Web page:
Adam Lanza: Part 2

Susan Resko, The Balanced Mind Parent Network Executive Director

by Susan Resko, The Balanced Mind Parent Network Executive Director

My blog post earlier today touched at the heart of what we, as parents of children with mental illness, struggle with and fear the most.  Some parents read my comments as blaming Adam Lanza's mother, or blaming parents of mentally ill children if their child did not improve with treatment.  I regret that anyone read my comments that way.  On the contrary, I know all too well how difficult it is to raise a child with mental illness.  I know that things do not always get better, even with the best of intentions and interventions.  I also regret that my message of hope about my own son was akin to pouring salt on an open wound to some whose children who have not gotten better.  Again, that was not my intention, and I apologize to those who were hurt.

Some children never get better.  That is the sad truth.  But, many do, and there is hope.  My heart grieves for both the victims and the family of Adam Lanza. I read about children every day who do not improve with treatment, and I lived it for a majority of my own son's life.  This is why I work to advocate for these very children.  

We have a lot of work to do to improve funding for treatment, destigmatize mental illness and support those families who live with these devistating illnesses each and every day.  If nothing else, I hope that this tragedy will help rally support for our children.  Its time that we stop blaming parents and blaming medications.  Its time we take action on behalf of our children.  We need more funding for support, outreach and treatment.  Every parent should be educated and informed about the signs and symptoms of mental illness.  They should have access to treatment, just as if their child had cancer, diabetes or other life threatening illnesses.  We need to end the blame game and start taking mental illness in children seriously.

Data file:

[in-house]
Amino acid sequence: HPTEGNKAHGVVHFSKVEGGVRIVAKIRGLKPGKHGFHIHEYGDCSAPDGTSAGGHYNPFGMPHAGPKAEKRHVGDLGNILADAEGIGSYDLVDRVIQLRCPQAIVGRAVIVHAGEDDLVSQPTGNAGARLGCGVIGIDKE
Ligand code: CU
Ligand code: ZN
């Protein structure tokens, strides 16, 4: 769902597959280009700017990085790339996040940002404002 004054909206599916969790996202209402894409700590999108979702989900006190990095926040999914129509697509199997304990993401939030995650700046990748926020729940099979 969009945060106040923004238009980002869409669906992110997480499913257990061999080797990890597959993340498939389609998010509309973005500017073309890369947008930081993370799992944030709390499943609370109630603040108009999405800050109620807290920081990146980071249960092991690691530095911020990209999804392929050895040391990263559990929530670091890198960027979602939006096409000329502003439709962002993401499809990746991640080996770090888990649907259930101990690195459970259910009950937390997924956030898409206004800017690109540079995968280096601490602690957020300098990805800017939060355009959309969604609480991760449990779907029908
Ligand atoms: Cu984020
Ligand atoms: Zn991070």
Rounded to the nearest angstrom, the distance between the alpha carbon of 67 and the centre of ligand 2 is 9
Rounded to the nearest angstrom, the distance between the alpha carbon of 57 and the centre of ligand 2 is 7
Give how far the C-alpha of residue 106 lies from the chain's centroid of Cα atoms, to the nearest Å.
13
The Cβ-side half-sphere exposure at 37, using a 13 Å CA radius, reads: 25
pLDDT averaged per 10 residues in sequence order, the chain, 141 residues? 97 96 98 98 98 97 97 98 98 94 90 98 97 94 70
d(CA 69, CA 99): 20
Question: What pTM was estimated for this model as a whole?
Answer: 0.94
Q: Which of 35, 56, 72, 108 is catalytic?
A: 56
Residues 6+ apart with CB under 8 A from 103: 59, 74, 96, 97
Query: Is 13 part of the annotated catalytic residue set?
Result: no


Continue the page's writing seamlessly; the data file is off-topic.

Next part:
I think that by titling the first blog as you did two things were accomplished. It tagged on to the original blog that had literally swept the country and everyone talking and it posited the notion that consequences of mental illness are something parents can refuse to accept. Like cancer, diabetes, heart problems, mental illness is a disease. Short of refusing treatment entirely most parents do ALL they can for their children. We can no more refuse the consequences of terminal cancer than we can the violent outbursts of a mentally ill child.


I am a parent volunteer with The Balanced Mind's Family Helpline. I want to thank Christy for her donation. TBMF doesn't take any money from pharmaceutical companies and every donation is greatly appreciated.

I have been volunteering for The Balanced Mind for about 5 years. When I started, my daughter seemed pretty stable and I thought we were ok. She has had many ups and downs since then. When my daughter was applying to college, she wrote an essay called "Chutes and Ladders." She compares her life with bipolar to that game. She'll be going along in her life and things will be good and then WHOOSH, she hits a chute and tumbles back. She has been working since age eleven on the "Ladders" that she needs to get back to stability. Her point in the essay is that the chutes aren't as long and it is getting easier to rebuild her ladders.

I volunteer for TBMF because I don't want anyone to struggle alone with mental illness. Our team, the Helpline, is there to provide support and resources to people who don't know where else to turn. We don't have all the answers and we aren't going to solve all the problems. We do what we can though. If you feel like you have a couple of hours a week and would like to help us help others (via email or phone), please let me know. I'd be happy to send you a volunteer application. Just email me at

team co-lead, Family Helpline


Susan's blog and all the related comments today have moved me so much that I have just made a contribution. These are among the wisest observations I have read about Adam Lanza and the sad situation in Newtown.There is hope for many young people with mental illness, and as parents we must continue to support them, advocate for them, get treatment and medications for them if needed, and never, ever give up. Mental illness in children and teens is serious, and we all need to pull together to to help others people understand this.
Christy Beckmann, St. Louis


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